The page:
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When listeners in Fort Wayne, Indiana, tuned into Majic 95.1 in July, they heard something both unexpected and all-too-familiar. The station was playing Christmas music. In the heat of summer.

With the pandemic making life miserable for people, the station was looking for a way to appeal to listeners and boost its ratings, and Christmas songs can be a dependable way of doing so.

The Highwomen's "Crowded Table," an exuberant anthem evoking both the progressive political spirit of 2020 and the longing for connection at the heart of this complicated year, won song of the year Tuesday as part of the 19th annual Americana Honors & Awards.

The prize was part of a three-category sweep by the genre-crossing supergroup, which includes Brandi Carlile (2019's artist of the year), Natalie Hemby, Maren Morris, and Amanda Shires. The four women also won duo/group of the year and album of the year for The Highwomen.

It's been 50 years since José Feliciano came up with the seasonal earworm "Feliz Navidad." The song is just two phrases of holiday cheer, in Spanish and in English, repeated over and over for three minutes.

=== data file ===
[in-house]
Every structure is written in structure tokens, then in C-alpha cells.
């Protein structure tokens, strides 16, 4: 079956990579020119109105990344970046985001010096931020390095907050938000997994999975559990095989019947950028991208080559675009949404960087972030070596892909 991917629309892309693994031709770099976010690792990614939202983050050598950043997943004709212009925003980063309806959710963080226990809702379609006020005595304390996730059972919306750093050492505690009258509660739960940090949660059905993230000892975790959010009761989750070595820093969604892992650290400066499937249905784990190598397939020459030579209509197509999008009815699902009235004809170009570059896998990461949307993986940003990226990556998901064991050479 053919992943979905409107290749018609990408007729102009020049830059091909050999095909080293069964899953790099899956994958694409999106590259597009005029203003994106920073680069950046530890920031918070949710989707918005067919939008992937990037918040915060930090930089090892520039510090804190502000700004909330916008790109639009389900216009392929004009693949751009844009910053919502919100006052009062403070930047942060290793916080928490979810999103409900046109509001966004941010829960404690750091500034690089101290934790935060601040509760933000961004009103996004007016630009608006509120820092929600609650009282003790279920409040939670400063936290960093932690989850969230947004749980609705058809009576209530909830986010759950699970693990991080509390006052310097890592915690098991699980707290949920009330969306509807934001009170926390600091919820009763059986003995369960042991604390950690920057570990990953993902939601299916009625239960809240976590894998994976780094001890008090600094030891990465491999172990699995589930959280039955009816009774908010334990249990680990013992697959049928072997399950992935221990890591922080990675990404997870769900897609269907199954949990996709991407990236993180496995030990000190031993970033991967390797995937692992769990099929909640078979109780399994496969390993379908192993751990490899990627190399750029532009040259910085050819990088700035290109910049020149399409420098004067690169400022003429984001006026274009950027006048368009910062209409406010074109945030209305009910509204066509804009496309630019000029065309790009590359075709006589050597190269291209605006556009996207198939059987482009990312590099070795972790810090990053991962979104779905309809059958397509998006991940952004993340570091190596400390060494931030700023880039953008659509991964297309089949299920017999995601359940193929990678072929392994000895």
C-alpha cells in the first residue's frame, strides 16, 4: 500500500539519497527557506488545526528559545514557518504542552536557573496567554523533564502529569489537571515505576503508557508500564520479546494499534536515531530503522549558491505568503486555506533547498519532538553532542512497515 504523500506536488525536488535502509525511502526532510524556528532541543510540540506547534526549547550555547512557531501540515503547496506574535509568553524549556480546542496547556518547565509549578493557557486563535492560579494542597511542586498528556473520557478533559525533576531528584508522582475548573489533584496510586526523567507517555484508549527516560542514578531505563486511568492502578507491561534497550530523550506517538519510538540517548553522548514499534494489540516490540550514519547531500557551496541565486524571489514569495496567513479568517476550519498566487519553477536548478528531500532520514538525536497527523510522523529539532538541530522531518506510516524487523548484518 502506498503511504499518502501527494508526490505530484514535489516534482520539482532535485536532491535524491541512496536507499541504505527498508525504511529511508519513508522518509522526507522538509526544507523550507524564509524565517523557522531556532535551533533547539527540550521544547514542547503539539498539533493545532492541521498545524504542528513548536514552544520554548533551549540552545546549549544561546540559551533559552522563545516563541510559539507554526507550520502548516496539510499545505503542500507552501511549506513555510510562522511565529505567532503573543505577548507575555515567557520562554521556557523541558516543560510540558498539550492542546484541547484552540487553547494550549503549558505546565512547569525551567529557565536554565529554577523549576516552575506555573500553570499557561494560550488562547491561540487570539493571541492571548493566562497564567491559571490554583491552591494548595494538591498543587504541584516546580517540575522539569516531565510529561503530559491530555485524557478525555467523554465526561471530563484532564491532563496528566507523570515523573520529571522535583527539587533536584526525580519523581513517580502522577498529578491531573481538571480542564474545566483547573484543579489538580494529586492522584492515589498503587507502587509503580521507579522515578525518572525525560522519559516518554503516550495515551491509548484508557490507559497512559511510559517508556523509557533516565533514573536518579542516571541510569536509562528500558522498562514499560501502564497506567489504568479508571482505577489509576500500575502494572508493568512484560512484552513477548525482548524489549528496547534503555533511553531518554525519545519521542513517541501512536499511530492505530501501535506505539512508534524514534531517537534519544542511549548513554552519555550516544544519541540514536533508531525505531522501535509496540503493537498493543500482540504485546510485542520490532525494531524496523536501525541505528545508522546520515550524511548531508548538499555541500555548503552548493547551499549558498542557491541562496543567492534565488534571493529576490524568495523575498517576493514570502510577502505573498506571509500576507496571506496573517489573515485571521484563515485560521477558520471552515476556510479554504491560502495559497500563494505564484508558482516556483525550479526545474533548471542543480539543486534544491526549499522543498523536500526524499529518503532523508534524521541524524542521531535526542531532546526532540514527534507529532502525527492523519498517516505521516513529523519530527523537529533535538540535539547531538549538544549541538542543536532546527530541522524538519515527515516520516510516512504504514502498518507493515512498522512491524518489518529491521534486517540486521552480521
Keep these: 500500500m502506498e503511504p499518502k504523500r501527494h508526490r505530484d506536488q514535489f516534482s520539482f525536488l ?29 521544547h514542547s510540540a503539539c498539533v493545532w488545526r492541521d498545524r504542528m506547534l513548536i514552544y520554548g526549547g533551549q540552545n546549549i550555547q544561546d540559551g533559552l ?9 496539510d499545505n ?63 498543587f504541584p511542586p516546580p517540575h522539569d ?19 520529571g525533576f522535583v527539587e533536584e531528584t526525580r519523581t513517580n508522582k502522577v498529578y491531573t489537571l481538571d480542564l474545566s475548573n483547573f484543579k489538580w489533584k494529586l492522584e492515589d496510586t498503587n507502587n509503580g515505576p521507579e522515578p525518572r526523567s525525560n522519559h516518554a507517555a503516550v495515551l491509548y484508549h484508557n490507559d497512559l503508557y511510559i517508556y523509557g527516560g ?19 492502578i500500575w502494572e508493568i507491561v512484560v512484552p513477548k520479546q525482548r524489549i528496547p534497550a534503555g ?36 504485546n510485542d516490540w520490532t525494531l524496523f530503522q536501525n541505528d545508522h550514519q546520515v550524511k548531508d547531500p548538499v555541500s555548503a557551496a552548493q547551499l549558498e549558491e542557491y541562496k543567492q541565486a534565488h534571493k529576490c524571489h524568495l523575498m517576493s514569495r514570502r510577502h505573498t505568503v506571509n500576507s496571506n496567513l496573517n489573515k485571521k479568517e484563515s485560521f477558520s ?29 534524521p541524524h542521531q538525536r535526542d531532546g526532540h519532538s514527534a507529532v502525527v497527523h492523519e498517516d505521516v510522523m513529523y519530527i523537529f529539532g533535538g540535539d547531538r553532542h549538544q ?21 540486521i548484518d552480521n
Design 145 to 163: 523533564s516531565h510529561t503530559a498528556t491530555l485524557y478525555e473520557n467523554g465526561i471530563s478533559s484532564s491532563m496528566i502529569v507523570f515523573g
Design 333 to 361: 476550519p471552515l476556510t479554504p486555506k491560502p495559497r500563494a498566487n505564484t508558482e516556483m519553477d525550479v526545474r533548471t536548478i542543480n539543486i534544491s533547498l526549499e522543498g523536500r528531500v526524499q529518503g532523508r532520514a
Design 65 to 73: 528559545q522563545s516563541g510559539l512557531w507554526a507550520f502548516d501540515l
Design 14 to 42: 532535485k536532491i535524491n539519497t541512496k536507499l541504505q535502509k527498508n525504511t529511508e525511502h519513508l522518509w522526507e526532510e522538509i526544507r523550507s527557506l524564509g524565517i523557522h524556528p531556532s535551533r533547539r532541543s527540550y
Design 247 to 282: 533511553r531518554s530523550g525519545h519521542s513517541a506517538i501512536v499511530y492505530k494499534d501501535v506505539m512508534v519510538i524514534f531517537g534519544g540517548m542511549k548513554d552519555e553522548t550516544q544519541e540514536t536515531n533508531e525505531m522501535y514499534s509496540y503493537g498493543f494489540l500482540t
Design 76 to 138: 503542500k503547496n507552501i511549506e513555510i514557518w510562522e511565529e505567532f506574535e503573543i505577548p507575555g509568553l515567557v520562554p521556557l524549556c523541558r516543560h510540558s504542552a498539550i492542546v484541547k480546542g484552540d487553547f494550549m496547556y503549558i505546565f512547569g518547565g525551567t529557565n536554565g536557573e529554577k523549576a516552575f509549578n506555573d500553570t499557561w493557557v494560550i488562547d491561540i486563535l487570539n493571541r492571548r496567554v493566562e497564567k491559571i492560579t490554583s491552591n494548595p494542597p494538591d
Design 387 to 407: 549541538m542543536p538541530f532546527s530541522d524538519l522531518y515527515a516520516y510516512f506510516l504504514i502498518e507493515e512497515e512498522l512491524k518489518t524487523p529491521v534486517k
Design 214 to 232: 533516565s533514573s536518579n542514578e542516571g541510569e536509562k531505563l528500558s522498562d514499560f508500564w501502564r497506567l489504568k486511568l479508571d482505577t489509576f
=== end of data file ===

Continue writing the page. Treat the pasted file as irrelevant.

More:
Charley Pride, who sold millions of records and was the first Black performer to become a member of the Country Music Hall of Fame, among many other honors, has died at age 86. A statement posted on the singer's website said Pride died in Dallas on Saturday from complications of COVID-19.

From the outset, 2020 has been a roller coaster for R&B singer PJ Morton. It began in January when he won a Grammy and lost one of his heroes, basketball star Kobe Bryant.

"Of course, it's amazing to win a Grammy, but there was a dark cloud," Morton says. "So for me, even before the pandemic, it kind of started as a weird year."

2020 Was The Year Of Dancing By Ourselves

Dec 9, 2020

In 2020, there were many ways to understand the year in music; this week, we're considering four. Dance music is a communal and carnal act, a collective catharsis charged by pulsing beats and sweating bodies. What cruel irony that 2020 produced such body-rockin' hits as dance floors stood empty. By the same token, a wide spectrum of dance music — pop, reggaeton, house, K-pop, J-pop, disco, hyperpop, R&B — transformed bedrooms into clubs, kitchens into discotheques and backyards into glow-stick raves.